In the next 10 years cloud will become so ubiquitous that it’ll simply be known as “computing”. The good news for small businesses is, as cloud-based storage increases, it will also become cheaper.

Cloud will also become more intelligent, enabled by AI technology. At home, we’re already used to using AI-based systems like Siri, Cortana and Alexa. While this may seem out of reach for most SMEs, AI-as-a-service is increasingly being offered to help smaller businesses come up with innovative solutions to help overcome those tough-to-crack problems.

The rise of the robots

2019 is of course the year in which Blade Runner was set. Yet, while we’re a long way away from a dystopian nightmare and replicants, the press is full of stories about how robots will replace our jobs in the not-so-distant future.

However, naturally, this is a huge oversimplification. In some industries, such as manufacturing, robotics have already replaced many manual tasks, particularly in the West where labour costs are high. In a less obvious role, robots – both physical and in software – are improving business productivity and reducing error rates without causing mass redundancies.

The increased productivity robotics can offer business is inherently a positive to the overall economy, pushing out the efficiency curve. As such, organisations who do not pay attention to the shifts in automation and robotics in their industry face the risk of quickly being unable to compete.

As robotic adoption increases, the cost of this technology falls, meaning what once seemed like a far future is now an everyday reality for many small businesses. But don’t expect your office to look like a neo-noir science fiction film just yet.

Far-out tech predictions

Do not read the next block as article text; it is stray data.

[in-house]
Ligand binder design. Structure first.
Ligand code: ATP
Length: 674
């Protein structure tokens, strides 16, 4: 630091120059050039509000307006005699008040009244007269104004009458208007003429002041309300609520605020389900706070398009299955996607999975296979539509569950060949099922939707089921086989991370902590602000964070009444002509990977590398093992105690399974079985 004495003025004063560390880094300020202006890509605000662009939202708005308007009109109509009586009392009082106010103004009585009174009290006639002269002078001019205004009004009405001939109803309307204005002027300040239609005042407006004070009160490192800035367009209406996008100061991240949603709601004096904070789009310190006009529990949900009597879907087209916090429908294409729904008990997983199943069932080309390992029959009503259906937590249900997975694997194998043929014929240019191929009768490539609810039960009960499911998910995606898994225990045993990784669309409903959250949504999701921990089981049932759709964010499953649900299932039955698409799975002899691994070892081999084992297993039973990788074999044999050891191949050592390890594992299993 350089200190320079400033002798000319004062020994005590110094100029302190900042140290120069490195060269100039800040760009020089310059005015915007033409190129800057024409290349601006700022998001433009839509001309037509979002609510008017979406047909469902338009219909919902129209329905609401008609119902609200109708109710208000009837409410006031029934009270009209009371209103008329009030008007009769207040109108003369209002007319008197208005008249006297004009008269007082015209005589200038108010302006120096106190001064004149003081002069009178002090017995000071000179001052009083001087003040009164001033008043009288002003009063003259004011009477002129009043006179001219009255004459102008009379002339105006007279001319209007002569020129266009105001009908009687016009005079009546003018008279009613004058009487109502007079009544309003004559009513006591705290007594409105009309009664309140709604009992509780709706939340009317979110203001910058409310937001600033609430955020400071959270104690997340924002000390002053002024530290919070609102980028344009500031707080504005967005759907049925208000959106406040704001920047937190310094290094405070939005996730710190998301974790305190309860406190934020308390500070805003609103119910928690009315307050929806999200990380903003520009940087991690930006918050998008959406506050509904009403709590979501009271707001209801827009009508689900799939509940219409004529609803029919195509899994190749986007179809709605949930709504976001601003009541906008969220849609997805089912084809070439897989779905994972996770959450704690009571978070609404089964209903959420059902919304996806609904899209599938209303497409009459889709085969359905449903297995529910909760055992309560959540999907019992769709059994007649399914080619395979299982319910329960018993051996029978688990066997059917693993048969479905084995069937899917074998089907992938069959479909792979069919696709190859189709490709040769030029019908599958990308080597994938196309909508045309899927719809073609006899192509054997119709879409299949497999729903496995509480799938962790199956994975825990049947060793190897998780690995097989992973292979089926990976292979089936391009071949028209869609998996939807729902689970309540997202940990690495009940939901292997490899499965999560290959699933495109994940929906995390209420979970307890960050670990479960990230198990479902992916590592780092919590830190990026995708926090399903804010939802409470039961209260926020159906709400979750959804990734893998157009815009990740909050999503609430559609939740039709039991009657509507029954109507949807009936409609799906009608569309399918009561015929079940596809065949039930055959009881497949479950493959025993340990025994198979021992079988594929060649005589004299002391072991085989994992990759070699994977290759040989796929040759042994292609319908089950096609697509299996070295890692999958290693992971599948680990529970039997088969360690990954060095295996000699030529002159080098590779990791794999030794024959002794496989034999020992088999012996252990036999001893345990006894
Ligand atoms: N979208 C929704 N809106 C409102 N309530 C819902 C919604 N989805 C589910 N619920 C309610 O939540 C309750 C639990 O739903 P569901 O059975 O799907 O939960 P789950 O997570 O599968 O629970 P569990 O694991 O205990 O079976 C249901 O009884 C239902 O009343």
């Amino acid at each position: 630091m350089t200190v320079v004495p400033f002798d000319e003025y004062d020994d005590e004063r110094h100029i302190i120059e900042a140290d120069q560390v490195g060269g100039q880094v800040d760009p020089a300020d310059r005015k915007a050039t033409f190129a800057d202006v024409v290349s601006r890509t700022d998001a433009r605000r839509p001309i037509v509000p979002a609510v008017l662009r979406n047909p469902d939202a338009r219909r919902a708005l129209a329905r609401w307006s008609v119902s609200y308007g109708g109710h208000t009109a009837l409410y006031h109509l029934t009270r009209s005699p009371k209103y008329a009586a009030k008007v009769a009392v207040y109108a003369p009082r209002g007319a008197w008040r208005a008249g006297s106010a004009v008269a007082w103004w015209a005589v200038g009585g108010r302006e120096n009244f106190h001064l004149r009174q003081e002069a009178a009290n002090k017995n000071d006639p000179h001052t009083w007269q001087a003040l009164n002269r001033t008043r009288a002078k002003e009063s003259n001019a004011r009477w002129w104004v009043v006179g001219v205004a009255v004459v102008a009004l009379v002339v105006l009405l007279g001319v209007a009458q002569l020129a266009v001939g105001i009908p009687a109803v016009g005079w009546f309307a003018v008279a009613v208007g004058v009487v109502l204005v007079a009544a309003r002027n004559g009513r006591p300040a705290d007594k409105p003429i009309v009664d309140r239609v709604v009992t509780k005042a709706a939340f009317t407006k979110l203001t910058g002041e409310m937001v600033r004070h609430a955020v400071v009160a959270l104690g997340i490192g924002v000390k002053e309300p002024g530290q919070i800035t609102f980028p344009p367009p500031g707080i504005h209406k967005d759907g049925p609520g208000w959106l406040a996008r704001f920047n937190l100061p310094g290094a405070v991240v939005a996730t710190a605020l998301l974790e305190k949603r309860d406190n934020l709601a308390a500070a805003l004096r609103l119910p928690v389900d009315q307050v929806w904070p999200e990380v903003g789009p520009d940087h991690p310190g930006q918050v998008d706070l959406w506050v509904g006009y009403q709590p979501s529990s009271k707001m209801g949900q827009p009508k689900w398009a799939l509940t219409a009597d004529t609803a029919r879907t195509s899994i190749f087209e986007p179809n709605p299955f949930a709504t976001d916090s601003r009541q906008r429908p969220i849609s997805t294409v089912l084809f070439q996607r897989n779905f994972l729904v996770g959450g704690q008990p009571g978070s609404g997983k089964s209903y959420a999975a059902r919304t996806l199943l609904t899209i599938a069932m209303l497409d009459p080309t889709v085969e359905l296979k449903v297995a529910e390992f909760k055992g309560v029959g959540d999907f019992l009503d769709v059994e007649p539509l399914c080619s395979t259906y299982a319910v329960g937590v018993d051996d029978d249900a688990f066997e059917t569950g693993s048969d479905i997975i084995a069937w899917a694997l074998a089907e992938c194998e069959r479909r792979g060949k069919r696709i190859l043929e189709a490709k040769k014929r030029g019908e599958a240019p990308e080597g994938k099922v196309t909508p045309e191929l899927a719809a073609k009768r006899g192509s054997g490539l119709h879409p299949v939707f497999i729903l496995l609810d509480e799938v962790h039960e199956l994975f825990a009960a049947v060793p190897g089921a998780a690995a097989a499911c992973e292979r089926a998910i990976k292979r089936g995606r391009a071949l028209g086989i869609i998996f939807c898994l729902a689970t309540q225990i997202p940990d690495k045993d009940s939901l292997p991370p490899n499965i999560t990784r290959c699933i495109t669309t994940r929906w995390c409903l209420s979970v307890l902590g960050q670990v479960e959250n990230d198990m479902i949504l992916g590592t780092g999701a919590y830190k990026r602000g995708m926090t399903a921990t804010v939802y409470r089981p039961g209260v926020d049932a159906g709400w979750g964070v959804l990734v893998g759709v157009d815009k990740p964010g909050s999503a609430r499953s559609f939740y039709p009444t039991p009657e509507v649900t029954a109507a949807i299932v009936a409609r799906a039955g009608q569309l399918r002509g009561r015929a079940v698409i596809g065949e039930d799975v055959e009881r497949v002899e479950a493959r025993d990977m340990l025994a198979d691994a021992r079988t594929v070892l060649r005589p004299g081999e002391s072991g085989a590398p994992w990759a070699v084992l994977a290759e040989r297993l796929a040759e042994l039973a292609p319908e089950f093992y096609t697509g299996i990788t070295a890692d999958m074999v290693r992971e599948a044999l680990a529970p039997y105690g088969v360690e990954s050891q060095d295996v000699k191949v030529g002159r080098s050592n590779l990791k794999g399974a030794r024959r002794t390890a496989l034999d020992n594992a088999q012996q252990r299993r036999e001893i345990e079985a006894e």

So, what about the really crazy stuff where science fiction becomes science fact?

You may have read stories recently about companies implanting microchips in their employees to monitor their vital functions, track their movements and understand their lifestyles, but will this become the new normal?

The answer is no because it’s crazily intrusive and essentially unethical. Although, as China’s “social credit” system shows, we can get all that information without the need to put chips into people.

Quantum Computing may well be just around the corner, opening up huge new opportunities to take previously insurmountable problems and solve them in a matter of seconds. Equally though, we may come across a seemingly impossible issue to solve that prevents the potential from being realised and stall progress for decades. The same applies to AI, as both fields rely on a surprisingly small amount of theory and maths to make it all work.

Smart dust, nanobots and general-purpose AI may all come to fruition in the next decade and change the world entirely. Or, alternatively, they may not, as thanks to the law of diminishing marginal returns, changes are more a case of evolution than revolution.

The only prediction we can give about the future of technology with any real certainty, is that the future won’t be predictable at all.

About the author

This guide has been written exclusively for ByteStart by By Craig Lodzinski, Chief Technologist for Developing Technologies at Softcat.